by 99 Seats
I do love that.
Over at the HowlRound blog, the constantly amazing Todd London writes about building a home for artists. It's a really, really lovely piece, so check it out, if you haven't. He has a great list of things to have around to make artists feel at home, but really, the last one rings super-true:
16. To make an artistic home for others, you have to make a place of love for the art in others.
(Not that I don't love snacks.)
We talk a lot about the field, about the work, about quality, and sometimes about the lack of "great" plays. We talk about the Edifice Complex, rant about money spent on administrators not artists, about enhancement money, about money, money, money and how it gets spent. But we don't talk a lot about how one builds a home for artists. Or why. It's easy to say why in abstract, but in specific, what do you get?
So let me tell you a story about what happens when a theatre makes real room for artists, real room for the love of the art in others.
I haven't talked a lot about Rob Askins' play Hand to God because, well, it felt weird. Rob is a friend and the theatre that produced it is my own artistic home; I'm deeply involved. I knew going into it that it would hard to be objective about it so I wasn't going to try. But in the conversation about how building a home can build better plays, there's a lot to talk about.
Hand to God is Rob's second produced full-length play. And it's a pretty great play. But don't just take my word for it. At the end of February, it'll be returning for another engagement after a successful extension of a successful run and there's talk of more. It's pretty much an unqualified hit, loved by audiences, well-received by critics, everything a theatre could want. It's also just plain good, smart, funny and engaging. How do you get there? By making a home for artists.
Rob is an alum of Youngblood (as am I) and, as I mentioned above, they produced another play of his a couple of seasons ago: Princes of Waco. It was a good production, to be sure, but it certainly didn't receive what you could think was a rousing welcome. Some nice notices, talk of Rob's promise, but that was about it. (Rob, if you're reading this...sorry if I'm dredging up bad memories.)
In most cases like that, the theatre would simply move on. Thank Rob for a nice production and say, "See you when you have something else." Maybe do a reading of his next play or something, but mostly get back to looking for the next thing, the next writer and move on down the line. It's understandable: there's only so much money, only so much time, only so much energy to be given to any one artist. There are only so many production opportunities and theatres need to figure out how to optimize those. I'm not faulting anyone for operating this way. It makes sense, really. But what happens if you don't?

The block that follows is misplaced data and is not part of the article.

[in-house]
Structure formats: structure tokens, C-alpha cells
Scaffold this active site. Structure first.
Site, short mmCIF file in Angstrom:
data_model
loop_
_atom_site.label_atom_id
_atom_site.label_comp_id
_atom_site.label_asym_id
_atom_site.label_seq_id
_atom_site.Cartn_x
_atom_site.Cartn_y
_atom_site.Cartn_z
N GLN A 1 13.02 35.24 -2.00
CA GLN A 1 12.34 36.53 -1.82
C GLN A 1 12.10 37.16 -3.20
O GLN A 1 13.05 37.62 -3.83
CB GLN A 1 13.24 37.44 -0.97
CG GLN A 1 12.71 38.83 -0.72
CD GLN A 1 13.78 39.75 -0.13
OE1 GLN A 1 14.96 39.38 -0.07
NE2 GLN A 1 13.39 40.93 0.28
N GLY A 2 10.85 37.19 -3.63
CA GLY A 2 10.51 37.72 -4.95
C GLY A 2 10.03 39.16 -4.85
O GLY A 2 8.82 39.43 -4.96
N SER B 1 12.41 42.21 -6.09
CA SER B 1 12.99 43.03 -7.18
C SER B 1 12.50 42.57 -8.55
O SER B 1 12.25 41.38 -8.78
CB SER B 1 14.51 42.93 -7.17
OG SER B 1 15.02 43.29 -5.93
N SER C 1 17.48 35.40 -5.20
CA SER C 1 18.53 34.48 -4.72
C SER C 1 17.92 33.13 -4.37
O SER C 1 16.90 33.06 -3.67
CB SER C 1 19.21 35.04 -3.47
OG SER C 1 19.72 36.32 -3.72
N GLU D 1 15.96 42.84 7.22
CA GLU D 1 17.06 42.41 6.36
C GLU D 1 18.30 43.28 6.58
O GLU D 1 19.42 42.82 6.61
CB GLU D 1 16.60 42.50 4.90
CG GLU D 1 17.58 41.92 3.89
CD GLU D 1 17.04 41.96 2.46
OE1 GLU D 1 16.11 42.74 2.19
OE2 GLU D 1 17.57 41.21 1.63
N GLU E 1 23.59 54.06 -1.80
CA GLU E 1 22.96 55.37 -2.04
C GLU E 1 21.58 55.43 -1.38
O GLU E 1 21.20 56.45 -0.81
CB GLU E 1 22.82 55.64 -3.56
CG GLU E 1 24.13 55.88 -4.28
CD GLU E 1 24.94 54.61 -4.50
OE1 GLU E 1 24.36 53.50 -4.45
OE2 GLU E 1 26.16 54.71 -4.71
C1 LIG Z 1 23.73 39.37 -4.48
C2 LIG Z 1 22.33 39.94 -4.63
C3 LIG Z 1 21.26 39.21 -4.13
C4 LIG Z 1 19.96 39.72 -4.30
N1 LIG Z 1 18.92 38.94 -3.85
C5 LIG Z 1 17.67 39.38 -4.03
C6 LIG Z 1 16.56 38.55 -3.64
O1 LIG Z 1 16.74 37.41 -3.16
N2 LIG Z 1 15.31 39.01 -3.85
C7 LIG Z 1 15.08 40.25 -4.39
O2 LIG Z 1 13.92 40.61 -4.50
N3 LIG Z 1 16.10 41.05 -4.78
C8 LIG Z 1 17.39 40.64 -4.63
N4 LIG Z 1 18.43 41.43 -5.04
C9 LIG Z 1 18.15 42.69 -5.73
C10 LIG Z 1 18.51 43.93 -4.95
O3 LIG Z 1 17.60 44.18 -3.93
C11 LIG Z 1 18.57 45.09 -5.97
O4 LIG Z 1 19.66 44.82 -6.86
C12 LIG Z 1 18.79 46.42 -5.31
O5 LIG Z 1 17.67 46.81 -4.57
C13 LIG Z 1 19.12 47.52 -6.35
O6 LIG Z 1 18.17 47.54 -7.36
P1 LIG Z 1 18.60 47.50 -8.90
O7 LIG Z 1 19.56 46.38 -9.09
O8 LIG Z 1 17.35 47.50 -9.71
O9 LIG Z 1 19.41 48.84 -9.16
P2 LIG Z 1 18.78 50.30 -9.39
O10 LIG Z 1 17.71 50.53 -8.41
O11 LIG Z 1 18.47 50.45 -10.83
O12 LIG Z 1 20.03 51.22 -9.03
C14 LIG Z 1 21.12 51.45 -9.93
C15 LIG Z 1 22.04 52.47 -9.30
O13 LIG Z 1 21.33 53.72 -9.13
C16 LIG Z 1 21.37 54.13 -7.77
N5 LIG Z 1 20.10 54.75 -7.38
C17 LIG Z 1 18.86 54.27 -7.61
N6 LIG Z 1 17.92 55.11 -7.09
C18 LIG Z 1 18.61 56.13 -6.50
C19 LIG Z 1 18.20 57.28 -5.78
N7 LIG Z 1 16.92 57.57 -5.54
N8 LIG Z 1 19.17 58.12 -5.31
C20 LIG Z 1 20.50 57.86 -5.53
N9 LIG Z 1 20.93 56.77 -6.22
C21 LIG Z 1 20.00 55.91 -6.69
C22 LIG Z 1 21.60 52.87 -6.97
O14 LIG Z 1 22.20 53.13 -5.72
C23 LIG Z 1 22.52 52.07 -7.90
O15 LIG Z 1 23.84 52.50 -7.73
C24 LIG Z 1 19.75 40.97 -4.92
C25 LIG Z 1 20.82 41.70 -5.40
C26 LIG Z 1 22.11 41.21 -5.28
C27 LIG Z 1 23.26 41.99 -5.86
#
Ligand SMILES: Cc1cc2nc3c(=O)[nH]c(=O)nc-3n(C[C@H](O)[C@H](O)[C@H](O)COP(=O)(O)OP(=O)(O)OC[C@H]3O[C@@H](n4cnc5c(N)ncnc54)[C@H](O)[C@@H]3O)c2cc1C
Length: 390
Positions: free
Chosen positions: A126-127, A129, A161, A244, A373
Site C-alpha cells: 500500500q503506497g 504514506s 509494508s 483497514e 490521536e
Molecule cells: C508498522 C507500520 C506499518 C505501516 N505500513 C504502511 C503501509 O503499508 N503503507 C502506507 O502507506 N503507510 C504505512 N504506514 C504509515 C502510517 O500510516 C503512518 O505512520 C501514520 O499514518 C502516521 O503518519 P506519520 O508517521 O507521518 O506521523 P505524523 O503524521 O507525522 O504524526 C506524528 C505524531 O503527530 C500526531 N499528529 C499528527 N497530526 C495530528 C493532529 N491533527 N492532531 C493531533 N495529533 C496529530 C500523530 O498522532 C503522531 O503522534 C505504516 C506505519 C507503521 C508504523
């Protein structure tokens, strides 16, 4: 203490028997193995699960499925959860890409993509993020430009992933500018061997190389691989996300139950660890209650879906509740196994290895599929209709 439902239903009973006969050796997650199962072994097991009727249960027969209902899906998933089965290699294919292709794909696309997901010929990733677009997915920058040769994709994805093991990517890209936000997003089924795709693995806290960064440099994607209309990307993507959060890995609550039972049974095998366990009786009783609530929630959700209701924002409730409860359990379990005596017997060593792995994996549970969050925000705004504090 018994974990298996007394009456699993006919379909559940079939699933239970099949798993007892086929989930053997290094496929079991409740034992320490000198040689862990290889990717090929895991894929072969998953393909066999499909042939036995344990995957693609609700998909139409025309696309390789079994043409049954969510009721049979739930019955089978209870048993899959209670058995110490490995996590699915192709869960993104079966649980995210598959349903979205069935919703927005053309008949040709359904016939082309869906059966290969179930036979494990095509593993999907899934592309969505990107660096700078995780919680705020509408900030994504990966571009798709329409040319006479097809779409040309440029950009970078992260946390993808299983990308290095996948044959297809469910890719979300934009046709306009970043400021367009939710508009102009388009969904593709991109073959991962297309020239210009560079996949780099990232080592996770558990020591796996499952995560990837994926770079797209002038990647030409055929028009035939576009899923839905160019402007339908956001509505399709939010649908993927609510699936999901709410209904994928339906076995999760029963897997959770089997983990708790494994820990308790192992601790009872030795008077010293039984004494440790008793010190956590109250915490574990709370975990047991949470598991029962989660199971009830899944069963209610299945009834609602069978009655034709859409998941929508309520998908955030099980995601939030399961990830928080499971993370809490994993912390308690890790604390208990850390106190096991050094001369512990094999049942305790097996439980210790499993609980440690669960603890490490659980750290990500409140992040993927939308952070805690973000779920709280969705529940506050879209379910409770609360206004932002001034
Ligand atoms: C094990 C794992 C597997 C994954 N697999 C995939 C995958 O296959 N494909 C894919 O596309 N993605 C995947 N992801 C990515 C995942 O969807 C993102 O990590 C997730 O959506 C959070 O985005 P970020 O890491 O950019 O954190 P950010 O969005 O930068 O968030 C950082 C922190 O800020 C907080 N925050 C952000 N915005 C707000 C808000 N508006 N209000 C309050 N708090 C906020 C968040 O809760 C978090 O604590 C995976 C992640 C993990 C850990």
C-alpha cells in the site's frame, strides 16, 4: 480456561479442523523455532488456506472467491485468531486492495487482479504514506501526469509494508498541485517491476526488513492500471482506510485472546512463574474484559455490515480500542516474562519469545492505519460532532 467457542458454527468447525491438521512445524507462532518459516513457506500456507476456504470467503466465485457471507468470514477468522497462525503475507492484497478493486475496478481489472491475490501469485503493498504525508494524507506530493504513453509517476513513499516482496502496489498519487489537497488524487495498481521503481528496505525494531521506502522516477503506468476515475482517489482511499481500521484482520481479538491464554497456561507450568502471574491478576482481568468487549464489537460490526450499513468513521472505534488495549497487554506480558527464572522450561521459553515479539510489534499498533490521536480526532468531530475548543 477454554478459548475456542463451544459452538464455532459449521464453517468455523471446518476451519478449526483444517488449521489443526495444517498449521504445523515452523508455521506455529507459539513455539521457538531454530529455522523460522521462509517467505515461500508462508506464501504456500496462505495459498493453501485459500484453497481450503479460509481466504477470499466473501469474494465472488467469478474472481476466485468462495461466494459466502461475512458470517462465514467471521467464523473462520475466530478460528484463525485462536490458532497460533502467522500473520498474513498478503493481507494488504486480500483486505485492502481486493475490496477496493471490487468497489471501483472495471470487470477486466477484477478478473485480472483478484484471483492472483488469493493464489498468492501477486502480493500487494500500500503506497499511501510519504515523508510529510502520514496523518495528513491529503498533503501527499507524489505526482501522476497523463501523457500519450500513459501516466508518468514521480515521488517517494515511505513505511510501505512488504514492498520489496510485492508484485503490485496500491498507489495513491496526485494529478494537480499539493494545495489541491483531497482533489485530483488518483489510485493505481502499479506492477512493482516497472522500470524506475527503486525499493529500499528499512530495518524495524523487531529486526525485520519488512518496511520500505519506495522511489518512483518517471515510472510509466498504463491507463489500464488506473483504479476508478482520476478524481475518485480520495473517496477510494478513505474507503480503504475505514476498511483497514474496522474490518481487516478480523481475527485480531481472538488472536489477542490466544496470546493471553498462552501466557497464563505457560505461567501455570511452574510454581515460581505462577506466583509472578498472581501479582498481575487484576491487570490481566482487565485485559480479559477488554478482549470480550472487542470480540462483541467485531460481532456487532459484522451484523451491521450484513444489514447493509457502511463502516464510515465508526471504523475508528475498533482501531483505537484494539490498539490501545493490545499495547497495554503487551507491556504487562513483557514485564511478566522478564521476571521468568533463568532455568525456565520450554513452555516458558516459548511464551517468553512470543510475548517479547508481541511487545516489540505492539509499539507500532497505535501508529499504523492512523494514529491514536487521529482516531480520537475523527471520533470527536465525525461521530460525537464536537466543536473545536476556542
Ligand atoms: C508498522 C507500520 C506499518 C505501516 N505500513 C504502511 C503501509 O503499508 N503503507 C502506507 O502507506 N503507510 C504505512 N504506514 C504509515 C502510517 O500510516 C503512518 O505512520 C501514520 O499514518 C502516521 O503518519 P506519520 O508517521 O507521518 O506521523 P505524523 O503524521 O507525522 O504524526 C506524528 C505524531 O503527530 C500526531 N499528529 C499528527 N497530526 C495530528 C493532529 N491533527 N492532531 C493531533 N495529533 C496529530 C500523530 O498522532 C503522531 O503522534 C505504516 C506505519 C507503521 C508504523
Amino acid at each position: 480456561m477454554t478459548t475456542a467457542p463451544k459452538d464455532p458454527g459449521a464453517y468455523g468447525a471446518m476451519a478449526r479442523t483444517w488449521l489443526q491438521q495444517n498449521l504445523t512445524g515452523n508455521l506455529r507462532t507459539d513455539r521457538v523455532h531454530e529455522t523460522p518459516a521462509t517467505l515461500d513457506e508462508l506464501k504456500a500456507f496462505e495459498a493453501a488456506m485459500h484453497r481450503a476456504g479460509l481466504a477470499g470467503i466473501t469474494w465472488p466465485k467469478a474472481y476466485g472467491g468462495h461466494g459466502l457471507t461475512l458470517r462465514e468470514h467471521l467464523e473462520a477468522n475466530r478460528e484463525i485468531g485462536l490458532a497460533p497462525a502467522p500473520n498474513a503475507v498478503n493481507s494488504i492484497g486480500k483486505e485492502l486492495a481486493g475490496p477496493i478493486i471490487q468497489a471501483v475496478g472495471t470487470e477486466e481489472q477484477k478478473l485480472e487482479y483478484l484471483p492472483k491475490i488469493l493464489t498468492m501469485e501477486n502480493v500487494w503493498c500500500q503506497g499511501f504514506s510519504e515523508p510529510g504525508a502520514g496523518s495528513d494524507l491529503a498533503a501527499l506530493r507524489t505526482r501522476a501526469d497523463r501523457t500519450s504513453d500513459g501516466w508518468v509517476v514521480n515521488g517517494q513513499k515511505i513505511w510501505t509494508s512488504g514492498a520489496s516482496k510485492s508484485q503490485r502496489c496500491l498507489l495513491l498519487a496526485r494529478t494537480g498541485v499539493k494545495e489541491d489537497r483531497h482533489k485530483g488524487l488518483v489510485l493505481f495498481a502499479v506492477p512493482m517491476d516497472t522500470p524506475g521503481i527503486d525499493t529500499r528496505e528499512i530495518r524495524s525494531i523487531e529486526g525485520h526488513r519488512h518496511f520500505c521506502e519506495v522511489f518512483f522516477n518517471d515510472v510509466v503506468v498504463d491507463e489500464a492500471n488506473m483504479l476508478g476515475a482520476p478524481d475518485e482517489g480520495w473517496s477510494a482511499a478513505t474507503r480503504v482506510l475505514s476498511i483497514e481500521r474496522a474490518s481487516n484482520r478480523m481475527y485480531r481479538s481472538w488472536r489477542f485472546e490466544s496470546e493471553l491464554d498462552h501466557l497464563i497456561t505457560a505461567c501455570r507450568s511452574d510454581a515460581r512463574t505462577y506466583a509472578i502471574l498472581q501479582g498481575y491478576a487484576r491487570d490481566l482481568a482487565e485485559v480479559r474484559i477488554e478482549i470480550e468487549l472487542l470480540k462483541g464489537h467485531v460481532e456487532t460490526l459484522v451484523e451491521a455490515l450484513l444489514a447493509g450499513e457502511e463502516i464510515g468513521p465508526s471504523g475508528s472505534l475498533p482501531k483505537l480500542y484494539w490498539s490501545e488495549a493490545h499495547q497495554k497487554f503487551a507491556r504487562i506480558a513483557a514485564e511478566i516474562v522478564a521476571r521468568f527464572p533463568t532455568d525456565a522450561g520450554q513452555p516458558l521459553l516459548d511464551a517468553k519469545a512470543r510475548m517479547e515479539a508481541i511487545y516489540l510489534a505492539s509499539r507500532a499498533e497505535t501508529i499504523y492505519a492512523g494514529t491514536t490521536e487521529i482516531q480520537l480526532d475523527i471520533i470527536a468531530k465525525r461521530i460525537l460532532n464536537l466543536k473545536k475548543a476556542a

Rob became an artist member of E.S.T. (as am I) and started work on his next play. He worked with some of the same actors he'd worked with in the past (E.S.T. also produced a short play of his). He wrote work specifically for them, and worked with them on it over the course of more than a year. E.S.T. doesn't have a lot in the way of resources these days, still re-structuring after the double-whammies of the loss of its founding Artistic Director and the economic downturn, but they invested in Rob with what they had: time and space. Rob got time to work on his play, to work with his actors and director and deepen his play. The theatre didn't invest in the play, just in hopes of getting it ready, but they invested in Rob and made space for him to work.
And what did they get? A great play. The process of getting there matters. Really great plays take time, they take support, but what they really need is a home. The same goes for great artists. Homes are what we need. Todd does a good job of showing us how it's done. Swing by E.S.T. in a few weeks to see what it gets you.